Personal preference will in large part determine how appealing the game's visual style is, but it is obvious a great amount of care was poured in. Combat is on a three-quarter overhead field with fully developed 3D models. Conversation takes place with anime-style portraits for each character. Major plot cutscenes take a third style, using flat paperesque animation to enact past and present events alike. Some players may find the mishmash of styles to be awkward but each has been given considerable care and thought. The game's music is also quite good, and most importantly the battle music (arguably the most repeated piece in any tactical RPG) is both interesting and benign enough to not become tiresome or irritating.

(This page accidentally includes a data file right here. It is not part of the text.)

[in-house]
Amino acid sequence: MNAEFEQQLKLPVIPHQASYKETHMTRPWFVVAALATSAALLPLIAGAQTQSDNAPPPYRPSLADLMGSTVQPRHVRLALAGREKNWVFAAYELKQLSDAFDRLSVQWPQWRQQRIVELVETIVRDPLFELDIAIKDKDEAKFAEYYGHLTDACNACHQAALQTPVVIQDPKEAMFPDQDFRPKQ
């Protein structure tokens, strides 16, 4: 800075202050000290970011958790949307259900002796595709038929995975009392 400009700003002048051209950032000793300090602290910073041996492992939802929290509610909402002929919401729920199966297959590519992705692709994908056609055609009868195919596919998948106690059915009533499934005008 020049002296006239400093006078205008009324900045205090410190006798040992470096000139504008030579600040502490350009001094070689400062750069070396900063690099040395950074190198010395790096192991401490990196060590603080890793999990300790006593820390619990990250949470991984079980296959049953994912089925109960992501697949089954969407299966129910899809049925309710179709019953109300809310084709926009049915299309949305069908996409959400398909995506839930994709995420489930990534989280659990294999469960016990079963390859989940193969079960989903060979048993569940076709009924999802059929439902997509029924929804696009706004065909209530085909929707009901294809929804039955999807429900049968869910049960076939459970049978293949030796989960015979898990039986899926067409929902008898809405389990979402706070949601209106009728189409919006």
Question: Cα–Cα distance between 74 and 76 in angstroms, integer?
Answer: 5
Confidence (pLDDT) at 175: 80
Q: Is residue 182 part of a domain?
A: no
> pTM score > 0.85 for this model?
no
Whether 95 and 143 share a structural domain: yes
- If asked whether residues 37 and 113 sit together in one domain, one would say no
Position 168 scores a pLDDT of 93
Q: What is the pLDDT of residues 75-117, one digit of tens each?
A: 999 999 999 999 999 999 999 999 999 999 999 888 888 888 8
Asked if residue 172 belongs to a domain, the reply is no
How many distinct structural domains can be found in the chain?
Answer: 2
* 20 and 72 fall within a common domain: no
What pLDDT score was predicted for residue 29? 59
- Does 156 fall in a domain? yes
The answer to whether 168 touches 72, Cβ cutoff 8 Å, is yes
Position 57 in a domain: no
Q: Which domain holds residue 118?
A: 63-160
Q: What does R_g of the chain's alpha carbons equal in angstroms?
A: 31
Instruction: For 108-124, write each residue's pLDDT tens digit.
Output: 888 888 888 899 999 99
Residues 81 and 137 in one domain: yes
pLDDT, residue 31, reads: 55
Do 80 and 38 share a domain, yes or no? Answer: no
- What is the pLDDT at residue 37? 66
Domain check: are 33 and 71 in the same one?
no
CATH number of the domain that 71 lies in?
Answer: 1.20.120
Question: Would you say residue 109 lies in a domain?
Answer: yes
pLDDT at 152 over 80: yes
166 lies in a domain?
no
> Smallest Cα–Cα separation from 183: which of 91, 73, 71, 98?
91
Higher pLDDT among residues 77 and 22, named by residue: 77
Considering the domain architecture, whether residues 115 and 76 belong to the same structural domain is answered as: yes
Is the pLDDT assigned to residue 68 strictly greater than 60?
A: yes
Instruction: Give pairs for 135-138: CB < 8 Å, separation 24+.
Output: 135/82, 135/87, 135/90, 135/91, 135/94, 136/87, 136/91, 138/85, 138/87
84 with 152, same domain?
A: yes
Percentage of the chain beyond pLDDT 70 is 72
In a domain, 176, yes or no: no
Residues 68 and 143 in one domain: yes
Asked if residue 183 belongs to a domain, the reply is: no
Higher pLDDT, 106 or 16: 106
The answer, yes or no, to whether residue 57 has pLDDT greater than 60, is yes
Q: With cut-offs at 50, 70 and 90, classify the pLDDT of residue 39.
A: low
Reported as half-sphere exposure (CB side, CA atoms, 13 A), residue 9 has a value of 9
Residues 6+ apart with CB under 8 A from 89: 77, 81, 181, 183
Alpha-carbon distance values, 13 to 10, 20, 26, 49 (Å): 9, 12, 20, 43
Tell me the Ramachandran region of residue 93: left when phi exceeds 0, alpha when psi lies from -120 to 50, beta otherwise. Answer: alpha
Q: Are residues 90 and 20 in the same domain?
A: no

How difficult a player will find Vandal Hearts will greatly depend upon prior knowledge of TRPGs, general strategic planning, and how aggressively each battle is approached. Those looking to place on the game's leaderboard will want to minimize the amount of rounds used during the game, raising the difficulty considerably. Those who wish to further challenge themselves may take up novelty runs, such as training all six characters using only bows. The typical player will find the game has a very average difficulty, and those struggling can revisit old locations to grind on easier enemies. The game isn't terribly long — fast players can likely finish in ten hours or so. One of the frustrating factors in the game is how annoyingly long load screens last, often taking thirty seconds to clear. It will not be unusual for players to take an equal amount of time with the multiple endings and plentiful secret maps to be found after the credits roll for the first time, however.